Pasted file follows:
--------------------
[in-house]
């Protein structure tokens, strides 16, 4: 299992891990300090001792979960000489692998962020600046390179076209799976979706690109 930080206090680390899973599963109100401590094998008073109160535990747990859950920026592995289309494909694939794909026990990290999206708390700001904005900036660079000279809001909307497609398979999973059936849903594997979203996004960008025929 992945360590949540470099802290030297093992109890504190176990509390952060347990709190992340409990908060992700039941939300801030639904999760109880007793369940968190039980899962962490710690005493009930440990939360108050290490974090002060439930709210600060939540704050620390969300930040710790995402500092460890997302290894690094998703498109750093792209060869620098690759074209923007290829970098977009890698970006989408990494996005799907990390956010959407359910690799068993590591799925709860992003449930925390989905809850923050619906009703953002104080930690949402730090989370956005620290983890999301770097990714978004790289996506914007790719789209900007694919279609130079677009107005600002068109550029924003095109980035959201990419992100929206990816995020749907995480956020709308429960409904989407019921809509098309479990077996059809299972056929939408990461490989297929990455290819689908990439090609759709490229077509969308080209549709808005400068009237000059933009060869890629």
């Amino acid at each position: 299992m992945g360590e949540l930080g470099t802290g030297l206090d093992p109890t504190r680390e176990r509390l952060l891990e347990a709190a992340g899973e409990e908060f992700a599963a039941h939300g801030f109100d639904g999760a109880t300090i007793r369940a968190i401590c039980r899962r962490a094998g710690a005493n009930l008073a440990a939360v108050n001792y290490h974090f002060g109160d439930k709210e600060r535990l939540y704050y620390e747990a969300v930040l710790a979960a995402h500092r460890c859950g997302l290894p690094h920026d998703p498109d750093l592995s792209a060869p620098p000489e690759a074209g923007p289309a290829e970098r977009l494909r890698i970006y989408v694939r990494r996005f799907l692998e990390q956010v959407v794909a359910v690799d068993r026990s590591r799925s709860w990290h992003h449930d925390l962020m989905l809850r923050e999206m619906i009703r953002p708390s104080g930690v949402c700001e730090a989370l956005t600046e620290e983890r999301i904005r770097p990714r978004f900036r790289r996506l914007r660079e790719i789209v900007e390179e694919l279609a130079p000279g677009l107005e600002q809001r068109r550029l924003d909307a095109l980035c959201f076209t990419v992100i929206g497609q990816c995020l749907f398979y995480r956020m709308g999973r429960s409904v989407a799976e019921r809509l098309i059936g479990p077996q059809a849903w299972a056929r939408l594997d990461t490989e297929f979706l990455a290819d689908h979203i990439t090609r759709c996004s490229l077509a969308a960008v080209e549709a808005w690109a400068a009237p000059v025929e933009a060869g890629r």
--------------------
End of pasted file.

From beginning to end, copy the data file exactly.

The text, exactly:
[in-house]
């Protein structure tokens, strides 16, 4: 299992891990300090001792979960000489692998962020600046390179076209799976979706690109 930080206090680390899973599963109100401590094998008073109160535990747990859950920026592995289309494909694939794909026990990290999206708390700001904005900036660079000279809001909307497609398979999973059936849903594997979203996004960008025929 992945360590949540470099802290030297093992109890504190176990509390952060347990709190992340409990908060992700039941939300801030639904999760109880007793369940968190039980899962962490710690005493009930440990939360108050290490974090002060439930709210600060939540704050620390969300930040710790995402500092460890997302290894690094998703498109750093792209060869620098690759074209923007290829970098977009890698970006989408990494996005799907990390956010959407359910690799068993590591799925709860992003449930925390989905809850923050619906009703953002104080930690949402730090989370956005620290983890999301770097990714978004790289996506914007790719789209900007694919279609130079677009107005600002068109550029924003095109980035959201990419992100929206990816995020749907995480956020709308429960409904989407019921809509098309479990077996059809299972056929939408990461490989297929990455290819689908990439090609759709490229077509969308080209549709808005400068009237000059933009060869890629």
């Amino acid at each position: 299992m992945g360590e949540l930080g470099t802290g030297l206090d093992p109890t504190r680390e176990r509390l952060l891990e347990a709190a992340g899973e409990e908060f992700a599963a039941h939300g801030f109100d639904g999760a109880t300090i007793r369940a968190i401590c039980r899962r962490a094998g710690a005493n009930l008073a440990a939360v108050n001792y290490h974090f002060g109160d439930k709210e600060r535990l939540y704050y620390e747990a969300v930040l710790a979960a995402h500092r460890c859950g997302l290894p690094h920026d998703p498109d750093l592995s792209a060869p620098p000489e690759a074209g923007p289309a290829e970098r977009l494909r890698i970006y989408v694939r990494r996005f799907l692998e990390q956010v959407v794909a359910v690799d068993r026990s590591r799925s709860w990290h992003h449930d925390l962020m989905l809850r923050e999206m619906i009703r953002p708390s104080g930690v949402c700001e730090a989370l956005t600046e620290e983890r999301i904005r770097p990714r978004f900036r790289r996506l914007r660079e790719i789209v900007e390179e694919l279609a130079p000279g677009l107005e600002q809001r068109r550029l924003d909307a095109l980035c959201f076209t990419v992100i929206g497609q990816c995020l749907f398979y995480r956020m709308g999973r429960s409904v989407a799976e019921r809509l098309i059936g479990p077996q059809a849903w299972a056929r939408l594997d990461t490989e297929f979706l990455a290819d689908h979203i990439t090609r759709c996004s490229l077509a969308a960008v080209e549709a808005w690109a400068a009237p000059v025929e933009a060869g890629r």